It was a cross-sectional study conducted among PG Medical Students (Doctor of Medicine: MD) of 4 Medical Colleges in Delhi. Every year, 8-9 students are admitted in each of the Medical Colleges; therefore, there are around 24-27 students in each of the Department of Community Medicine of a Medical College, studying at any given time. The entire course of MD is of 3 years. The PG Students are posted for practical training in primary health care in Department of Community Medicine from first year onwards.

Description of Curriculum

As per MCI 2000 regulations, the major components of PG Curriculum in Community Medicine constitutes:

  1. Theoretical knowledge

  2. Practical and clinical skills (Managerial skills)

  3. Thesis skills

  4. Attitudes including communication skills

  5. Training in research methodology.

In order to achieve this practical training in postgraduation in Medical Colleges of Delhi is divided as follows:

The PG students are posted on rotational basis in the field practice areas of their respective Departments in different Medical Colleges for their practical training. The field areas usually cover the urban slums or resettlement colonies and rural areas include villages. The posting is of 3-6 months duration in each area. During this posting, PG students are expected to know the community, establish rapport with the community and provide essential primary care to the community. They study the community and learn to make community diagnosis. Further, they learn the implementation of national health programs at field level. They are also expected to learn management of human resources. Sometimes, their research work is also carried out in these areas.

PG students are also posted in Family Health Care program (FHCP) for undergraduates which is covered in 4th and 5th semester and epidemiology and biostatistics which are covered in 6th and 7th semester. Besides, some extra-mural visits are arranged during this posting that includes visit to a health centre, Anganwadi, Medical Records Department, Nursing College for injection techniques, MCH centre, Institute of Physically Handicapped (IPH), and Centre for Environmental and Occupational Health (CEOH) for Biomedical Waste Management training. In addition to this, health communication classes are also held where in students learn the skills of imparting health education in a community.

PG students are also scheduled to present journal articles and take seminars on topics of public health importance. It is mandatory to do research work towards a thesis for award of the PG degree in their third year of postgraduation, they are also posted in various public health institutes and agencies like National Centre for Disease Control (NCDC), National Institute of Health and Family Welfare (NIHFW), Municipal Corporation of Delhi (MCD), New Delhi Municipal Corporation (NDMC), etc. They are also posted in the Department of Microbiology of their respective colleges for learning organisms of public health importance. Additionally, the students participate in seminars, symposia, conferences and workshops for enhancing their knowledge about the advances in public health. They are encouraged to present their research work in these fora.

The students are finally evaluated at the end of third year. There are 4 theory papers followed by 2-day practical exam that includes long case, two short cases, epidemiological and statistical exercises, spots and viva voce. Some colleges also hold microbiology practicals.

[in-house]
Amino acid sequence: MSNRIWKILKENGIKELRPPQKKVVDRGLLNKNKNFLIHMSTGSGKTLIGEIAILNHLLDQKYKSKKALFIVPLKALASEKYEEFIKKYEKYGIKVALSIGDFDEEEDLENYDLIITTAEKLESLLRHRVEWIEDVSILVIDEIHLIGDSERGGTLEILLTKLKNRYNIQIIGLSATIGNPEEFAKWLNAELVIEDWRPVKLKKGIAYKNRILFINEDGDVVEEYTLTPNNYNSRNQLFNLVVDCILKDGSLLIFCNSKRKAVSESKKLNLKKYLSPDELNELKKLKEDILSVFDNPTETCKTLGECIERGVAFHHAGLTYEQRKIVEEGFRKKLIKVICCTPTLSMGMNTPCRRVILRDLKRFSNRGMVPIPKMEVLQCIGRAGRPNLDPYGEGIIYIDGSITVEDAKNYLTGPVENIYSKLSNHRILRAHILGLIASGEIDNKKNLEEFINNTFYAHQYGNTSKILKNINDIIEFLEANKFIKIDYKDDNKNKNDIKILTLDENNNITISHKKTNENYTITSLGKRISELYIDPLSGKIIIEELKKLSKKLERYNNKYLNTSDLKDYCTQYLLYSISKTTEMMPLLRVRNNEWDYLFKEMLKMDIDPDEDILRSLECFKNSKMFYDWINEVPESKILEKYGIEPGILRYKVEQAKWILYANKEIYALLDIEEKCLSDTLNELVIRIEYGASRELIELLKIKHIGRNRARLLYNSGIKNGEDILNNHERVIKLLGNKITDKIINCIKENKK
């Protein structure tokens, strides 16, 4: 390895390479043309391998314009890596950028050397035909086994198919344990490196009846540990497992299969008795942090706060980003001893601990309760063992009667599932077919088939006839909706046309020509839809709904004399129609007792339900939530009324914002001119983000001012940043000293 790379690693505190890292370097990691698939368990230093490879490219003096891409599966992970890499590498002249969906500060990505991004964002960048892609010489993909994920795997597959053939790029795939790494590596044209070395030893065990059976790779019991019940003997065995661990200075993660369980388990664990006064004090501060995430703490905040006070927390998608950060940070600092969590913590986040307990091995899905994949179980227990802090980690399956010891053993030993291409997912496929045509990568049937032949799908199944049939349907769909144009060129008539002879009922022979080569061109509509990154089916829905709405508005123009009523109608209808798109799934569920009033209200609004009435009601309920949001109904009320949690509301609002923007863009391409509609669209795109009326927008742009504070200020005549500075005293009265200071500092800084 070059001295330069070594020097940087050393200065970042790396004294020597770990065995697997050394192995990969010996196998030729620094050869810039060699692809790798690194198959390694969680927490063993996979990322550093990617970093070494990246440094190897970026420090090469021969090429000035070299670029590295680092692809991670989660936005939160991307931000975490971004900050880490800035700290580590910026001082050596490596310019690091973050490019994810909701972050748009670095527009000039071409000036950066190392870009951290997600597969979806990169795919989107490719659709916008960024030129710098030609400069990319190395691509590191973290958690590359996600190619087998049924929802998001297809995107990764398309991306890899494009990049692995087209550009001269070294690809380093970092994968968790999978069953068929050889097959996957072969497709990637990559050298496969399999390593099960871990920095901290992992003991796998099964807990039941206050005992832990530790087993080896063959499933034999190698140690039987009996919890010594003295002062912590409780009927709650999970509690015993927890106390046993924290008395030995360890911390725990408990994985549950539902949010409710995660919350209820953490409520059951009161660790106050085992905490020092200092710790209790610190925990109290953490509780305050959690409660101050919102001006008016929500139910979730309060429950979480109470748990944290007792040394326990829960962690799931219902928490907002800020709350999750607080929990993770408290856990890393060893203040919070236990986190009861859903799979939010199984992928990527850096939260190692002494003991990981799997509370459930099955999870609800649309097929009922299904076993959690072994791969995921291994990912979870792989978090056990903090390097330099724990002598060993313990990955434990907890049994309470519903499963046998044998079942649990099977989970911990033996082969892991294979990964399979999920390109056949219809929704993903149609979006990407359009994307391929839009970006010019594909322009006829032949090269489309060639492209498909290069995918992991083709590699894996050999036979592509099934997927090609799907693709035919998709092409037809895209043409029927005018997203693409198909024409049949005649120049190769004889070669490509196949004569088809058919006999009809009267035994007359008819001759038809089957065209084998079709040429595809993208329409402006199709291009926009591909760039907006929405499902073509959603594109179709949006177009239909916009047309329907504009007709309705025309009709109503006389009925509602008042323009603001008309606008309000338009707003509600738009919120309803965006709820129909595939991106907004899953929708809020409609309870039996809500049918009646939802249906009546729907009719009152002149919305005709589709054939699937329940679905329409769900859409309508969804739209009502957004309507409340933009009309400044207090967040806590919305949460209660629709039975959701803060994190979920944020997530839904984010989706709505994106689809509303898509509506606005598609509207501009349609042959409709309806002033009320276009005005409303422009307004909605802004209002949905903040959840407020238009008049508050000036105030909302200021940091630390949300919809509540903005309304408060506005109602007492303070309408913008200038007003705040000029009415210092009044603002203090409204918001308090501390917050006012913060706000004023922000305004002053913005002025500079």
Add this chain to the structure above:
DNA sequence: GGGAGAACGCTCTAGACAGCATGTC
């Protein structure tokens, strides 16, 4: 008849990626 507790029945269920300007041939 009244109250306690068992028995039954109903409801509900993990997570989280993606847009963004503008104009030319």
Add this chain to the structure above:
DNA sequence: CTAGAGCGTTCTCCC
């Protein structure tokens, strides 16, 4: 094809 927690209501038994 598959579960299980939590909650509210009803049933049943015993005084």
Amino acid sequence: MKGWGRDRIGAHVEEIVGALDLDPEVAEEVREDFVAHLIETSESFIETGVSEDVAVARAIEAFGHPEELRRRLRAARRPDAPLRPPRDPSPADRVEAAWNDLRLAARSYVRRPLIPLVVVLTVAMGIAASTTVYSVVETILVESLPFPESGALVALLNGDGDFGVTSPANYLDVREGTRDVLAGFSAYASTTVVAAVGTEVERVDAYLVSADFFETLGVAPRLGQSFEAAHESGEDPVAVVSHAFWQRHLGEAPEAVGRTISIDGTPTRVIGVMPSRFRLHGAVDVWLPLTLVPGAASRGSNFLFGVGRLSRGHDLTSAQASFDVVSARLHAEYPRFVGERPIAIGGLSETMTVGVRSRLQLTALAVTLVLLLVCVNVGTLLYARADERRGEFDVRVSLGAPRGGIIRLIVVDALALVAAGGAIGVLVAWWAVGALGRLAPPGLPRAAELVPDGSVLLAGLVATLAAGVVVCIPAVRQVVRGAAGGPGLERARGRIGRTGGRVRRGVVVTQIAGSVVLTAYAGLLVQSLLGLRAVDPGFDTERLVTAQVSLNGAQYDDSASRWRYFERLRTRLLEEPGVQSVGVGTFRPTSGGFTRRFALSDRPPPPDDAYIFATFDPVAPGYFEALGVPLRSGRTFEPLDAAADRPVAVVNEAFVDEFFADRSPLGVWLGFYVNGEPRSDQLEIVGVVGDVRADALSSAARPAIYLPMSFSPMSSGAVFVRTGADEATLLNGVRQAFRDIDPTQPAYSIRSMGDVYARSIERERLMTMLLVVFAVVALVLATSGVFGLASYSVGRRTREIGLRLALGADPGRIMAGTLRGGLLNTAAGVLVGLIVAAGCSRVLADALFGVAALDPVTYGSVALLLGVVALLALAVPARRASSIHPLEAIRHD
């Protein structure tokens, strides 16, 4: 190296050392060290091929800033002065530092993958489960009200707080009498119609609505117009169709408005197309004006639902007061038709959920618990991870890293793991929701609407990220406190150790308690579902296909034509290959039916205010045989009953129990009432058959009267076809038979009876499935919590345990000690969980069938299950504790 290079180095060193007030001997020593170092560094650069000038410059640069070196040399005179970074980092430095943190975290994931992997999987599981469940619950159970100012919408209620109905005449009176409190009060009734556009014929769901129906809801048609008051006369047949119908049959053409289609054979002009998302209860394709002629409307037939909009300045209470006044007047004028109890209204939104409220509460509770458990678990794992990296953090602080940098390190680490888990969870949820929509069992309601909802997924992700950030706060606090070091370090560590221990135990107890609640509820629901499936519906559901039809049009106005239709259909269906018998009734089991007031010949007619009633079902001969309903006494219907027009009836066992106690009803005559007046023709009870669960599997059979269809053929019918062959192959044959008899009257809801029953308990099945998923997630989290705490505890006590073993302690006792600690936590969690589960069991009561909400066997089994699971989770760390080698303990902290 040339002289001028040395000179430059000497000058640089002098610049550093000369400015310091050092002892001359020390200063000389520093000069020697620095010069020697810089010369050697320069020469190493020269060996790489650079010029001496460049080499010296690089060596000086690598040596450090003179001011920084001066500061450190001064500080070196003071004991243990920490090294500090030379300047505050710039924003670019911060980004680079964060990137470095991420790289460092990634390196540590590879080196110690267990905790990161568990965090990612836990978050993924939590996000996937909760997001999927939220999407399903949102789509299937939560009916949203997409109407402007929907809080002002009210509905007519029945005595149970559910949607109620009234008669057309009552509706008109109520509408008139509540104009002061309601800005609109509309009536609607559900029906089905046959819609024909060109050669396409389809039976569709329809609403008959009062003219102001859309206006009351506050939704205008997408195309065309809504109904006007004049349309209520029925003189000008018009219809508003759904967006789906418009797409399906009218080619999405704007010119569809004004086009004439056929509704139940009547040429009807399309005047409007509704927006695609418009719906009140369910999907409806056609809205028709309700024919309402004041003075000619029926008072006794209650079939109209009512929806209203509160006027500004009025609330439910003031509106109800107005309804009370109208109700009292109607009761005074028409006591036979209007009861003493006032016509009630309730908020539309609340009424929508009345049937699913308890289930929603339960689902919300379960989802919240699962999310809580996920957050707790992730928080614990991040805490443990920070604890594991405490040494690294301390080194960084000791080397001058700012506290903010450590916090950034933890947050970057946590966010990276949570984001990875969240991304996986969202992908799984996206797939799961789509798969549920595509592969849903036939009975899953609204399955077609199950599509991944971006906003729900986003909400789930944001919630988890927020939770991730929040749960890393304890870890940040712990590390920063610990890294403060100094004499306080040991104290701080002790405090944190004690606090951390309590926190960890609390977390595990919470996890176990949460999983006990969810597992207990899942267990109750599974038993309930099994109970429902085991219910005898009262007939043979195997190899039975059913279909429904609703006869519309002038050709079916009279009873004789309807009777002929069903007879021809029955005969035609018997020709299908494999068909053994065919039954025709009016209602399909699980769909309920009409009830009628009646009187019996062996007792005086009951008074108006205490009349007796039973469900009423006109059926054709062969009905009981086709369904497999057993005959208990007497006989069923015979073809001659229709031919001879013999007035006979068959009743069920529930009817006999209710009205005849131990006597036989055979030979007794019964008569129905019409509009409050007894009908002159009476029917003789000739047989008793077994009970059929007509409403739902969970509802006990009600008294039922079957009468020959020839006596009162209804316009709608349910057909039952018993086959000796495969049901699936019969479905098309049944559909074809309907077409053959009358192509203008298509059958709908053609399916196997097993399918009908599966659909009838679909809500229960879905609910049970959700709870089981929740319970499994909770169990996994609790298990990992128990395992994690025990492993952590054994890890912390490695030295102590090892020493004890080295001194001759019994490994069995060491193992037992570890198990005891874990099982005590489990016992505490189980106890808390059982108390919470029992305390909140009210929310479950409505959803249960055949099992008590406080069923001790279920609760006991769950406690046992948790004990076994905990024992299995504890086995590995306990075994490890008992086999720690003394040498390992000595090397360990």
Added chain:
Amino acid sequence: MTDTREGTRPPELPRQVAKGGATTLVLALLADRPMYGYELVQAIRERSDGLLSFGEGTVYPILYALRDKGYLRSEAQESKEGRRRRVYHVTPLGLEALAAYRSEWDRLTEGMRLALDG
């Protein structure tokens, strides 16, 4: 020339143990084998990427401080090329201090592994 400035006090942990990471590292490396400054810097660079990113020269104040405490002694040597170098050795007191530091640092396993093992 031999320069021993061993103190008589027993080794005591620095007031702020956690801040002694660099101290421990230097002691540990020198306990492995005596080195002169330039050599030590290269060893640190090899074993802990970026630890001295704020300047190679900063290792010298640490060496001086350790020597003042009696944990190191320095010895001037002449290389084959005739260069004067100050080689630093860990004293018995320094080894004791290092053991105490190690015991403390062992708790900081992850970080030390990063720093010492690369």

Sample Size and Sampling

There are about 8-9 PG seats for the subject in the studied Medical Colleges of Delhi. All the PG Students during the study period were included in the study. There were total of 96 PG seats in three years in the four Medical Colleges (24 in each college). Out of the 96, only 90 were filled and only 70 returned the completed questionnaires. Hence, they were included for analysis.

Study Tool

The study tool was developed after extensive review of curriculum of Postgraduation in Community Medicine in various institutes. The questionnaire so developed was self-administered, pre-tested and consisted of two parts. The first part contained items to gather socio-demographic information of the participants. The second part consisted of various questions to assess public health skills. To identify skills needed for PG students, emails to 50 faculty of Community Medicine were sent and their responses were listed. Questions were framed covering all skills suggested by faculty members. The skills that were assessed covered following areas: communication with the community, school health, human resource management, social mobilization, laboratory services, management of public health problem, family planning counselling, graphic representation of data, immunization, nutrition, water testing and disinfection, occupational health, health education, investigation of an epidemic, statistical tests, inventory management, evaluation of national health program, qualitative research, and surveillance.

Methodology

All the PG students of four medical colleges were contacted and the objective of study was explained to them. Informed written consent was obtained from them and then the questionnaires were given to them. The students were asked to return the filled questionnaire in 3 days. Those who failed to return were contacted again. Those students who failed to submit the filled questionnaire even after 2 remainders were excluded from the study.

Ethical Considerations

The privacy and confidentiality of data was ensured. The ethical approval of the research was obtained from the Institutional Ethics Committee (IEC) of the research institute.